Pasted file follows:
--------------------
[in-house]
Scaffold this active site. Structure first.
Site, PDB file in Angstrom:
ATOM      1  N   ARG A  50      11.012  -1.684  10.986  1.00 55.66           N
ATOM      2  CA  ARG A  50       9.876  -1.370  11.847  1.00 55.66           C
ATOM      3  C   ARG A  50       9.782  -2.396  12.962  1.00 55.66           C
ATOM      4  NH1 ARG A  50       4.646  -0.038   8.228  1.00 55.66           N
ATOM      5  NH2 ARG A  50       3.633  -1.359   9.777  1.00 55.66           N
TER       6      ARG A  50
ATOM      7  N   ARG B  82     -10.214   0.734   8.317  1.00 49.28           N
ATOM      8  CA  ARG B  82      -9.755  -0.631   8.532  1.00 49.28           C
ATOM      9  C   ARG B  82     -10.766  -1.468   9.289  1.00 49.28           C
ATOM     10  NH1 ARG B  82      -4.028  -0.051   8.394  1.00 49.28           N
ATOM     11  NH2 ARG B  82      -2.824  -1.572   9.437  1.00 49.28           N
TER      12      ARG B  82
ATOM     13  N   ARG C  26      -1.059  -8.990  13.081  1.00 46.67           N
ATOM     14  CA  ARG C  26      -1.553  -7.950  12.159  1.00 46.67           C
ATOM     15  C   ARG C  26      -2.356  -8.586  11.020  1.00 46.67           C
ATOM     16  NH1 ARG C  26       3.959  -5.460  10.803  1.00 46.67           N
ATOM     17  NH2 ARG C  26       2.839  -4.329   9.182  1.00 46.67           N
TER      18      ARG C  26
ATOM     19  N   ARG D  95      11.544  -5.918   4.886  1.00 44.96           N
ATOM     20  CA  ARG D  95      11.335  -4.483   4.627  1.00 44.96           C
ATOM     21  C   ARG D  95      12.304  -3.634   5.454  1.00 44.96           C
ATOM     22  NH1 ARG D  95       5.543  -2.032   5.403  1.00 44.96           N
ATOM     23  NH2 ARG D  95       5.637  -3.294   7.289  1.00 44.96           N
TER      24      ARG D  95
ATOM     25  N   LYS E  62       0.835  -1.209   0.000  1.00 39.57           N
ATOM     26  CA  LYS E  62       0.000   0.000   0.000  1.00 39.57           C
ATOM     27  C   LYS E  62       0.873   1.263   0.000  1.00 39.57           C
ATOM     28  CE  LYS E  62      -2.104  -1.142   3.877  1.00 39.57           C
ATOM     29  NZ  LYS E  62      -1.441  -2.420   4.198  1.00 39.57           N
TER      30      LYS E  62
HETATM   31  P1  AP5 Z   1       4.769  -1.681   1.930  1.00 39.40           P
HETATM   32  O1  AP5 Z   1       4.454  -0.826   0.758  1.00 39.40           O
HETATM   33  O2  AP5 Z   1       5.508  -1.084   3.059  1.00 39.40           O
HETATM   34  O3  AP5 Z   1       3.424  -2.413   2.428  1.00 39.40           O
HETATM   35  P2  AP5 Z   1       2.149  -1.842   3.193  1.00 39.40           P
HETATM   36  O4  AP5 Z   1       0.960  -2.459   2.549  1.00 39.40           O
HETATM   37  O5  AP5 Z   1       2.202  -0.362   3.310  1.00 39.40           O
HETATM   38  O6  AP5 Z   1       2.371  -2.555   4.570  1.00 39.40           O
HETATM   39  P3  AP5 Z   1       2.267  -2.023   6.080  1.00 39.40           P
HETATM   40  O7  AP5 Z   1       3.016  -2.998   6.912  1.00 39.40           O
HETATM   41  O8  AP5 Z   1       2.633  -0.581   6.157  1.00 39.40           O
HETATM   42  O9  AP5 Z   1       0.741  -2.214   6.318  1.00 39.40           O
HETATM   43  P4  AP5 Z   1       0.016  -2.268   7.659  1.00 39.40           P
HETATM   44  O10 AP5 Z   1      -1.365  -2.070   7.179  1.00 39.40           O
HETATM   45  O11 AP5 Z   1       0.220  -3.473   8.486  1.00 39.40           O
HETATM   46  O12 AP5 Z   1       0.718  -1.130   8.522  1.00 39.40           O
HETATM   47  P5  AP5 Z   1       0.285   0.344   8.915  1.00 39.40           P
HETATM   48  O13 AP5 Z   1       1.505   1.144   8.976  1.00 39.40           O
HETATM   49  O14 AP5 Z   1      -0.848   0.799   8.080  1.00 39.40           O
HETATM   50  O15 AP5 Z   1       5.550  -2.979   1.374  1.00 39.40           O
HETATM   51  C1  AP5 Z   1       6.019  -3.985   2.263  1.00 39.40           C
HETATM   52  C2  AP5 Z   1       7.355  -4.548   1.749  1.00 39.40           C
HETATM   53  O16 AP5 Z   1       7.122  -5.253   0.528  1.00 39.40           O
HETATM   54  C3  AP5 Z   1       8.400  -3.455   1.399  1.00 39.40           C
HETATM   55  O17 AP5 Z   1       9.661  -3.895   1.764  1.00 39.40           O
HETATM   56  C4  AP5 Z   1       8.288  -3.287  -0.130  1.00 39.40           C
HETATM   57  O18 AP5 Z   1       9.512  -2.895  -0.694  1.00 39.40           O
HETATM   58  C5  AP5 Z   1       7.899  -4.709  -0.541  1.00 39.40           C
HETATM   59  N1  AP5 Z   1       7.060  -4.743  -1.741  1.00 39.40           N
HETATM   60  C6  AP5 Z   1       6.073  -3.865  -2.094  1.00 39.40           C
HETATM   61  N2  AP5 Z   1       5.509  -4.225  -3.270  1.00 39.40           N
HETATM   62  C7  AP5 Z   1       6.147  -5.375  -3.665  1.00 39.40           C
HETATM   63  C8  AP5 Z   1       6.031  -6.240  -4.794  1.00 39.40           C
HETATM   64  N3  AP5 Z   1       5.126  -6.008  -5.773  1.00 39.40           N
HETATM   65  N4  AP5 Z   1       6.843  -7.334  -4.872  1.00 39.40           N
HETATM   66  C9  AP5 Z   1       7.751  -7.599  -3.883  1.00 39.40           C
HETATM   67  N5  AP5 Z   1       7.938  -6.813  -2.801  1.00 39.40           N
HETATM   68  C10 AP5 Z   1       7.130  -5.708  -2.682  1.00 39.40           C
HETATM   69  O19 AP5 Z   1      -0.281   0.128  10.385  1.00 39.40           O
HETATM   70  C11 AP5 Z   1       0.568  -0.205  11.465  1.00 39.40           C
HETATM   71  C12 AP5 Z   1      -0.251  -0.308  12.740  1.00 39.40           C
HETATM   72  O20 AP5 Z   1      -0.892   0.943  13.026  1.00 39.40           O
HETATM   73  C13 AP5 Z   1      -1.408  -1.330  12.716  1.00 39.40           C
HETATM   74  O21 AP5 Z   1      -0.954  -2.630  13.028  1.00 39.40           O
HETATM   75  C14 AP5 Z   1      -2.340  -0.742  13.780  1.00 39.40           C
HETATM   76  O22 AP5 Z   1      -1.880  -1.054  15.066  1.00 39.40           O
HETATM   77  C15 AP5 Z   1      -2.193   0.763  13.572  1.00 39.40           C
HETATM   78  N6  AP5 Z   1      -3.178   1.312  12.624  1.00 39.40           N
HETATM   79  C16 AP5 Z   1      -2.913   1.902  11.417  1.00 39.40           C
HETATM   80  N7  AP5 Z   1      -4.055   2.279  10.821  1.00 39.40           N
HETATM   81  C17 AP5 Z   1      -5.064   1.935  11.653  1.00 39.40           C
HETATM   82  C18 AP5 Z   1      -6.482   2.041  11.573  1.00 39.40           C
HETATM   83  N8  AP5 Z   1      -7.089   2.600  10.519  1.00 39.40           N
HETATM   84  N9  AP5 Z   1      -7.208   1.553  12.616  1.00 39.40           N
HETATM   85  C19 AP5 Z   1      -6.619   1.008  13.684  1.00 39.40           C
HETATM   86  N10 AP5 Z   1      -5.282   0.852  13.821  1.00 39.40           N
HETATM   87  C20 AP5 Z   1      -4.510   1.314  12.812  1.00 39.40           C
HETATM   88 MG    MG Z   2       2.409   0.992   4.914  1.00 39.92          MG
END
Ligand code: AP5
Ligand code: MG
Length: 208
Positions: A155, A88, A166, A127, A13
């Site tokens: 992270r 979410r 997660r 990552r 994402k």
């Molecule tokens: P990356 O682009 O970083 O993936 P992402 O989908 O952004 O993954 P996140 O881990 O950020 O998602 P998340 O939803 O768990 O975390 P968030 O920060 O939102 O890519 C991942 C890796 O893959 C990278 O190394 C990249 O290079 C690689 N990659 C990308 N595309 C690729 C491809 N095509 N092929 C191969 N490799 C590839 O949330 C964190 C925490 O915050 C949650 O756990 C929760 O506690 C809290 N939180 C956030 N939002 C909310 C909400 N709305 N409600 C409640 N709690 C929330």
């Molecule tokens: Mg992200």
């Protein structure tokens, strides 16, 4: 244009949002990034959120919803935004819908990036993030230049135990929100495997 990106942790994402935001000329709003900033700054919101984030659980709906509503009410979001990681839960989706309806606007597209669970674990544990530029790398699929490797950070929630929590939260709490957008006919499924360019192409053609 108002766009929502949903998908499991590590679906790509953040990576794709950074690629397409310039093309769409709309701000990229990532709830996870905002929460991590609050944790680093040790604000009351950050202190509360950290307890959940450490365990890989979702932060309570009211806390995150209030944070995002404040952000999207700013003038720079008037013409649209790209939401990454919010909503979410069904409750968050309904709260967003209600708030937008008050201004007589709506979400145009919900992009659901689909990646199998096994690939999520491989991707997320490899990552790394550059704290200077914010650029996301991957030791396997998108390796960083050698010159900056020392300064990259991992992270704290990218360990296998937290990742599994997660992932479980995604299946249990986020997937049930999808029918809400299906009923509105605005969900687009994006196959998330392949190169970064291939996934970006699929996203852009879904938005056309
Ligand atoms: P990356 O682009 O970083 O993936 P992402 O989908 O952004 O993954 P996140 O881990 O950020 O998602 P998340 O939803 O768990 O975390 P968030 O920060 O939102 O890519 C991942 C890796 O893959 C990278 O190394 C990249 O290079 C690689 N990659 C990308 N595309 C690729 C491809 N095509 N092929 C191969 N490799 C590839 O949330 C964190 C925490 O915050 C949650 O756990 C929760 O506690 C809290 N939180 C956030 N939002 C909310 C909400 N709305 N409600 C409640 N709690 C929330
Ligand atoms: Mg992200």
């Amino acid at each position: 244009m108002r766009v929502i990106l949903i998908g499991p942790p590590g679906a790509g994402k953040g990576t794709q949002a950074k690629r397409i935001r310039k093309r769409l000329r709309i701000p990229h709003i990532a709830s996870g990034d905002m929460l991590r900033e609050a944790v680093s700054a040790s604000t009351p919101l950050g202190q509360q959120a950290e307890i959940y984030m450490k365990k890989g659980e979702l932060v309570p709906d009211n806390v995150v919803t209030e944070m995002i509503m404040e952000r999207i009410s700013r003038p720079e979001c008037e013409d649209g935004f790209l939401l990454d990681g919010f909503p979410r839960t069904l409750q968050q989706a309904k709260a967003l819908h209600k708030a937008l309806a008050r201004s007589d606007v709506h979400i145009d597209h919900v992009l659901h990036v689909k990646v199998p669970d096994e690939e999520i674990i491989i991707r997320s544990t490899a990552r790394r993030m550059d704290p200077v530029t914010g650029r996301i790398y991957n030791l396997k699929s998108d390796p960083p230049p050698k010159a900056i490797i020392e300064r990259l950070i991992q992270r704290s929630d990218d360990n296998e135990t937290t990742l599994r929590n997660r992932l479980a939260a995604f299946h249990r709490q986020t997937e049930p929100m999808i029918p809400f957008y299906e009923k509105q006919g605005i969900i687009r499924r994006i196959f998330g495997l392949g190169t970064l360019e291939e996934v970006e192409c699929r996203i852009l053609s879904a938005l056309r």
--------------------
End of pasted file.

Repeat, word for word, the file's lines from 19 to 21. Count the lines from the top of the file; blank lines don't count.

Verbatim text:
ATOM     16  NH1 ARG C  26       3.959  -5.460  10.803  1.00 46.67           N
ATOM     17  NH2 ARG C  26       2.839  -4.329   9.182  1.00 46.67           N
TER      18      ARG C  26